Monday, February 6, 2017

Sanctuary Language

The term “sanctuary language” is indicative of the religious activity described in the Old Testament relative to how God’s chosen people worshipped.

The Lord God had called a man named Moses to lead His people out of bondage, in the country of Egypt, where they had bee enslaved for many generations. After the people were freed, God instructed Moses to have the people build Him a place of worship, called the sanctuary or tabernacle of God.

God was very specific concerning this building, for it was to explain the various attributes and activities concerning the coming Messiah/Savior, Jesus Christ. The people of God having been enslaved for so many years, and having been exposed to so many other gods, had lost much of the sanctity associated with worship of the Creator God. I will not explain it in full detail; if you would like to understand this worship style more fully, please click on this link:

There were three parts to the sanctuary meeting place: The outer court, which surrounded a tent that had two sections; the first section in the tent called the Holy Place and the second section of the tent called the Most Holy Place.

There were six items located within the meeting areas: The brazen altar of sacrifice and the laver (located in the outer court); the table of showbread; the seven golden candlesticks and the altar of incense (located in the Holy Place); plus the Ark of the Covenant (located in the Most Holy Place).

Each of these pieces of furniture had a very special meaning; each represented some aspect of the coming Messiah; each section of the meeting place, beginning with the brazen altar of sacrifice, showed the progression in the plan of salvation.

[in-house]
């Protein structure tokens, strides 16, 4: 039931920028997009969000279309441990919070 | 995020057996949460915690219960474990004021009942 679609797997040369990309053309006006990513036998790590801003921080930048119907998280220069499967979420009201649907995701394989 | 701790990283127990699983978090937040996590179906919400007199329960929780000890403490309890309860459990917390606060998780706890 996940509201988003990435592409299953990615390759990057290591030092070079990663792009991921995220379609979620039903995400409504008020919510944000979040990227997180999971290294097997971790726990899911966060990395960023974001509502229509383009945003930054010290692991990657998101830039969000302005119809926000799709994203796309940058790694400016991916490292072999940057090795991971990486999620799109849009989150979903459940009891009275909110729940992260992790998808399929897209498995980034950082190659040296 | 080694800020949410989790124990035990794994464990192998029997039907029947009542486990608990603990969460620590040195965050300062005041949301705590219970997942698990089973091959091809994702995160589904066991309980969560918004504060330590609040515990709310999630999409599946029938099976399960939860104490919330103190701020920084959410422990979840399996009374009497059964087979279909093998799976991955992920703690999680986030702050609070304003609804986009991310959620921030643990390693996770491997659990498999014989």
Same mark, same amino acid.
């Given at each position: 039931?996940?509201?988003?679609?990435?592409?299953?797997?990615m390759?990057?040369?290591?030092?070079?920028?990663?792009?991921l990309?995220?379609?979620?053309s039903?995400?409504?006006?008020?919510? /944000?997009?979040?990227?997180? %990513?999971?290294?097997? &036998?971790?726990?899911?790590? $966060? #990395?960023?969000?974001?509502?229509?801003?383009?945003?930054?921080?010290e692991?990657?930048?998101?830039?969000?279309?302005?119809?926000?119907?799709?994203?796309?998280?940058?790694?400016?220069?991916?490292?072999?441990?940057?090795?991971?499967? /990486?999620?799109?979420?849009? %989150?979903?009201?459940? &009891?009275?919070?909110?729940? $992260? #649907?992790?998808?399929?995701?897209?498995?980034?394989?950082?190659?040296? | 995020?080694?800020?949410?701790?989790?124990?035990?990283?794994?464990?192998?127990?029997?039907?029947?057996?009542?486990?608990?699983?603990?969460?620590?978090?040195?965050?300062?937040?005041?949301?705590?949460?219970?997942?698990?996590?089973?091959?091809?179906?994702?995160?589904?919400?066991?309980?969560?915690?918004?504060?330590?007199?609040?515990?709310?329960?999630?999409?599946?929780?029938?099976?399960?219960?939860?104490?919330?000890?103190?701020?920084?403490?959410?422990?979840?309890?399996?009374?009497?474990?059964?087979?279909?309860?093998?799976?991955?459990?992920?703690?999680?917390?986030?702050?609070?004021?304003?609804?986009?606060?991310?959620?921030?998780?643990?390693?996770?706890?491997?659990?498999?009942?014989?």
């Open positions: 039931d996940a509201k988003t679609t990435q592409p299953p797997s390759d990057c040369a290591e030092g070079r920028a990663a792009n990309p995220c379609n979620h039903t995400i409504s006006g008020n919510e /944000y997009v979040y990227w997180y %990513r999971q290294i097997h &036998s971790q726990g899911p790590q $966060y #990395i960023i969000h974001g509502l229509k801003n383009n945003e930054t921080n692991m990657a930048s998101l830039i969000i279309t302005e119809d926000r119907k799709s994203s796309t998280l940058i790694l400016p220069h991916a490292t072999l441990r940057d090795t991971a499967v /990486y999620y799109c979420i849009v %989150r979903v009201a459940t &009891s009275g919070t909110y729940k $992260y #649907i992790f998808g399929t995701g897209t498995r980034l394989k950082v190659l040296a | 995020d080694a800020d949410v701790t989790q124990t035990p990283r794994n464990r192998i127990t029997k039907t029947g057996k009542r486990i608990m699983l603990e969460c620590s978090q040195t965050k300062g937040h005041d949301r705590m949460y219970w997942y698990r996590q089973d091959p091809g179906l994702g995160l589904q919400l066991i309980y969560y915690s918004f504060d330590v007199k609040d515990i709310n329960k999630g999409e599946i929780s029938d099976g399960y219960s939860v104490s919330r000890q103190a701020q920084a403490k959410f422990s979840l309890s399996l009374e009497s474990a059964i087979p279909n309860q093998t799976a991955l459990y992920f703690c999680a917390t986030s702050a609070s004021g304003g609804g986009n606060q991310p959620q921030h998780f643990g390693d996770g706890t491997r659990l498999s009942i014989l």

There were seven specific feasts of worship; each one representing a specific role that the Messiah or other divine being would play in the role of mankind’s redemption.

Consequently, as we read through the book of Revelation and we see certain terminology depicting the sanctuary service, we are being referred back to that time in the Jewish worship history and what that particular piece of furniture stood for, or the feast associated with the sanctuary worship. We need to understand that John is trying to help us to make a connection; sanctuary language means worship!

I know that this is a great deal to absorb at one time. However, as we continue this series, more and more things will become clearer. Also, I plan to repeat and refer to the former blogs; therefore you may want to flag them in your email box, so that you will have them for references.

This will end today’s session. Be sure to tune in next time. For additional Bible Study, click the link below. Goodbye!

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